Ebola crisis: A village fights back in Sierra Leone
It is nothing much to look at - a derelict building in rural Sierra Leone surrounded by a couple of tents and a meandering maze of stick and plastic fences.
But this enclosure in a village called Gbantama, about four hours drive north of the capital, Freetown, is being hailed as a missing link in the huge, chaotic and often much too slow fight against Ebola.
"Take off your ear-rings. No watches, no rings," said an instructor inside one of the sweltering tents, as he trained a group of local villagers - already sweating in their protective clothing - to treat a new arrival with suspected Ebola.
Outside the tent, it seemed like half the village was busy working at the site - local electricians, labourers and builders installing a water system, digging a fire pit, and putting up lighting in the long-derelict building at the heart of the camp, a former school that had once served as a retraining centre for the armed groups disbanded at the end of Sierra Leone's civil war.
"It's meant to be basic," said Daniel Kertesz, the World Health Organization's country representative.
"The centre has been constructed to bring the fight against Ebola into the community. Community involvement is the key," he said.
"It gets rid of the issue of stigma and when the community helps to own it, they can help to resolve it."
The local paramount chief Baibureh Sallu Lugbu seemed impressed.
"We're not going to lose this war. I think now the awareness is there," he said.
"The denials - that it's not Ebola, it's witchcraft - have stopped.
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"People were afraid when their relatives were taken away to Port Loko and other places and they feel they won't come back.
"But now the centre is here they will come for treatment. They will never be afraid. This is why they spend their time and energy to build this place.
"They have a sense of ownership and are still working to see it succeed."
There are risks involved.
There is still a desperate shortage of trained staff and it is possible the centre might help spread the virus rather than contain it.
But various foreign aid organisations are supporting the project, and the plan is to roll out another 20 similar facilities across this hard-hit district in the coming weeks.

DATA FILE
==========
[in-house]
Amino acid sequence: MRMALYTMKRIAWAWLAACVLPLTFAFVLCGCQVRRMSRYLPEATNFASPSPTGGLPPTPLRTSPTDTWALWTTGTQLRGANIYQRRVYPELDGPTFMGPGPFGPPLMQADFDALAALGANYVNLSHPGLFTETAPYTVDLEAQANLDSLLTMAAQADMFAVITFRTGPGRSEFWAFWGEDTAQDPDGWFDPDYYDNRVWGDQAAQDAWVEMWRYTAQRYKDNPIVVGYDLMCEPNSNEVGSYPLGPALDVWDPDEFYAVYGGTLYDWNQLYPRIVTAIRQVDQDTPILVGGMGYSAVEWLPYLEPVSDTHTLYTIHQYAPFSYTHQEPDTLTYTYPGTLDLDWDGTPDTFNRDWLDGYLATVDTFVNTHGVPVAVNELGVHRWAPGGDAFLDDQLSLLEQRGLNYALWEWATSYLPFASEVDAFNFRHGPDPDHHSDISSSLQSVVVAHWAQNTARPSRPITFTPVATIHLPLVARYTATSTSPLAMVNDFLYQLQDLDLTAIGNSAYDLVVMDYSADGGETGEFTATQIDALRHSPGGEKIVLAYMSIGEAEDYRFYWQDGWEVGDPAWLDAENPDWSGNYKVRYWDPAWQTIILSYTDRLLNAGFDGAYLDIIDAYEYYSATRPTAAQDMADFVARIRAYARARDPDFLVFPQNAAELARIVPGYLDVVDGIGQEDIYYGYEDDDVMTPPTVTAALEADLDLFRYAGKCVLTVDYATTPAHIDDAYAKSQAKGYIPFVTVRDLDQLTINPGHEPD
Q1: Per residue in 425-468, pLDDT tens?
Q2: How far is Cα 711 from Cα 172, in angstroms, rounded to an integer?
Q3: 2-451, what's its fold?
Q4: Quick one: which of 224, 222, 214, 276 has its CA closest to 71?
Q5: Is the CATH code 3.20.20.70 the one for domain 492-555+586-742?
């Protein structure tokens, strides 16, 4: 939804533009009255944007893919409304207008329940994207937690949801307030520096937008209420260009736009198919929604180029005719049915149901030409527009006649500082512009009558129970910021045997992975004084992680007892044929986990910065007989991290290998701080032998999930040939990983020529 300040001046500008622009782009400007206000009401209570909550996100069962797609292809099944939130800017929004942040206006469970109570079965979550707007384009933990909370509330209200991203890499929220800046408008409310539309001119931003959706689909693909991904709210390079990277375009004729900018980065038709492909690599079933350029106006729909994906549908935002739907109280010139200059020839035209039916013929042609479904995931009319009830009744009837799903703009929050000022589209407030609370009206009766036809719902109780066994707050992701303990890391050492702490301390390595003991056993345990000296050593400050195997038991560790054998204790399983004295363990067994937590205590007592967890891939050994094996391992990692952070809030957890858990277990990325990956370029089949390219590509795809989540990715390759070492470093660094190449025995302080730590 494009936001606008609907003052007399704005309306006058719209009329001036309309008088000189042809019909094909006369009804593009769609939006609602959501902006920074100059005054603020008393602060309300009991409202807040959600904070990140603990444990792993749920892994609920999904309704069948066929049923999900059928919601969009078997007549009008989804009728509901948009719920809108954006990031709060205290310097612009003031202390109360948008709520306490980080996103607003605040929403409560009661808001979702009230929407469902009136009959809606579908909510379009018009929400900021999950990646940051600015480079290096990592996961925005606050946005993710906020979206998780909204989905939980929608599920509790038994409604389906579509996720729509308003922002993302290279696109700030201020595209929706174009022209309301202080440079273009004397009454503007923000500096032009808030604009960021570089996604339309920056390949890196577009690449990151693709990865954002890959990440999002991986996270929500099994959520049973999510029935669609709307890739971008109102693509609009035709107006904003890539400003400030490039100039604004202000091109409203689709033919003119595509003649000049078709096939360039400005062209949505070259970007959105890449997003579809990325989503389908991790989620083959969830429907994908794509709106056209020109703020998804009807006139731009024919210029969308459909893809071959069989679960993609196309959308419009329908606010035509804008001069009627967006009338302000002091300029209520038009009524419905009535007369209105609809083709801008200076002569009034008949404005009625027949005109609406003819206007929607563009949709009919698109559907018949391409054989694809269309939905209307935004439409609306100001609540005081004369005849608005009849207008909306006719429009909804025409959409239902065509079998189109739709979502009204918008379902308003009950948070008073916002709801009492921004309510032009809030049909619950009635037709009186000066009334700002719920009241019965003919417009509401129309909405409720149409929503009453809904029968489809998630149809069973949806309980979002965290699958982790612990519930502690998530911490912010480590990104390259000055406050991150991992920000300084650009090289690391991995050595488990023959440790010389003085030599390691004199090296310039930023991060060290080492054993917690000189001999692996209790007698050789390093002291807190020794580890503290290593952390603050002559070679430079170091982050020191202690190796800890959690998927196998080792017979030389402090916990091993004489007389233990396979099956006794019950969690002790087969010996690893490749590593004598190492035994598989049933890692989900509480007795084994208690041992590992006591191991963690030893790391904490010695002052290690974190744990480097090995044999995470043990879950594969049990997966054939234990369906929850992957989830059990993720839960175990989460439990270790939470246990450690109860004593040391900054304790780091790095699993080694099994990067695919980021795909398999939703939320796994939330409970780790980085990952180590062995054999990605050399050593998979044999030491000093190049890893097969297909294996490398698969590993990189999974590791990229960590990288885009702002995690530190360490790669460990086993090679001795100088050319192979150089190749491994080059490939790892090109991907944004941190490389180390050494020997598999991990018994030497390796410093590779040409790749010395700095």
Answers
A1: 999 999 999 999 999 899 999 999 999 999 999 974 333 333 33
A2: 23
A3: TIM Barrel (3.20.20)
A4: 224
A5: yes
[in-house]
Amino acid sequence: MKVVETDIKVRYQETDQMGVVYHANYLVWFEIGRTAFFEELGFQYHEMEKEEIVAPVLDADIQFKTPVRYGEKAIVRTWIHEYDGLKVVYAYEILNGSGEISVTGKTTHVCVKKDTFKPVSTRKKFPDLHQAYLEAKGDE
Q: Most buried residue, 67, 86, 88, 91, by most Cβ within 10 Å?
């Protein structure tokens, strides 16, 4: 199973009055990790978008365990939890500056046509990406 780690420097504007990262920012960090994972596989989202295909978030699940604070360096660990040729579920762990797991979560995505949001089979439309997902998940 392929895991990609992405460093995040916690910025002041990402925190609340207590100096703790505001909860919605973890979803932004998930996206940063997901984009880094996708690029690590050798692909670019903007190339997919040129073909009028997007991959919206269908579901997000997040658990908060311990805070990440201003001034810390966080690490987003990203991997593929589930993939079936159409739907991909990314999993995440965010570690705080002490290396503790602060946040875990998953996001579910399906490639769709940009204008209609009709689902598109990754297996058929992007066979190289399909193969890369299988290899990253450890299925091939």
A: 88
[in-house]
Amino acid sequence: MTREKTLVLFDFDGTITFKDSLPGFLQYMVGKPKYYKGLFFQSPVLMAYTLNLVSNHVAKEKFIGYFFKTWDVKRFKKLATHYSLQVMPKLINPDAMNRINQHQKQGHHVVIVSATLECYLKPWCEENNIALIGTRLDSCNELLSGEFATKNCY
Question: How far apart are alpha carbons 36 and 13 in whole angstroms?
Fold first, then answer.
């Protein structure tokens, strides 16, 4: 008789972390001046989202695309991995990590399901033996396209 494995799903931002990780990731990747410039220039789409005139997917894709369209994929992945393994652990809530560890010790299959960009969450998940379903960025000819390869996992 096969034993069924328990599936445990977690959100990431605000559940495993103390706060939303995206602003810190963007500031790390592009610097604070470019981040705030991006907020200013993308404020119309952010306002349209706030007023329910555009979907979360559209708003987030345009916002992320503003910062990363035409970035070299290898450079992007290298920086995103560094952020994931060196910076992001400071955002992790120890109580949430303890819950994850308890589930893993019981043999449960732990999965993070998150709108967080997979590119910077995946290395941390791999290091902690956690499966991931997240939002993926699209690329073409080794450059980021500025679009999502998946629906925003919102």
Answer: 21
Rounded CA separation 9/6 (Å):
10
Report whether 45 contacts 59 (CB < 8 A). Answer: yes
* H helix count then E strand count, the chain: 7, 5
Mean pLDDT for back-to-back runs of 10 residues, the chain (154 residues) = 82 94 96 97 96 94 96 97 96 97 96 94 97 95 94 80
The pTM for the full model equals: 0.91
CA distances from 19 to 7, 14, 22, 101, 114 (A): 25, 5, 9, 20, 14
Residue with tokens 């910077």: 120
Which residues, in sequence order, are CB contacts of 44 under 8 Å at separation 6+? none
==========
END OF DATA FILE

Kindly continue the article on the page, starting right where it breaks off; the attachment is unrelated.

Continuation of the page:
"This area is under a lot of pressure," said Dualta Roughneen, Plan International response manager.
"There are no treatment centres on line. The holding centres are filling up very quickly and overflowing.
"There's a need to put something in place - an interim measure - to get people out of their houses and to avoid them infecting their families and neighbours, and to have them in a place where they can get safe and dignified care."
Amara Sessey, aged "10 or 12" as he put it with a grin, stood watching the health workers being trained in one of the tents.
He has just recovered from the virus - and is consequently immune to it now - but lost his parents, four younger brothers, and his two-year-old sister.
The new facility seemed to give him a strong sense of purpose, as he walked around, confidently advising some of the adult builders how to avoid catching Ebola.
But the scale of the challenge still confronting Gbantama was abruptly brought into focus a few minutes later, when a burial team arrived at Amara's next-door neighbour's house.
Overnight, the virus had killed Abu Bangura, 39, a father of nine.
The team - looking like astronauts in their white protective suits - took perhaps two minutes to zip closed the body bag and carry it on a stretcher to an unmarked grave in the woods a few yards behind Amara's empty home.
Across the muddy street, two other neighbours have now developed fevers.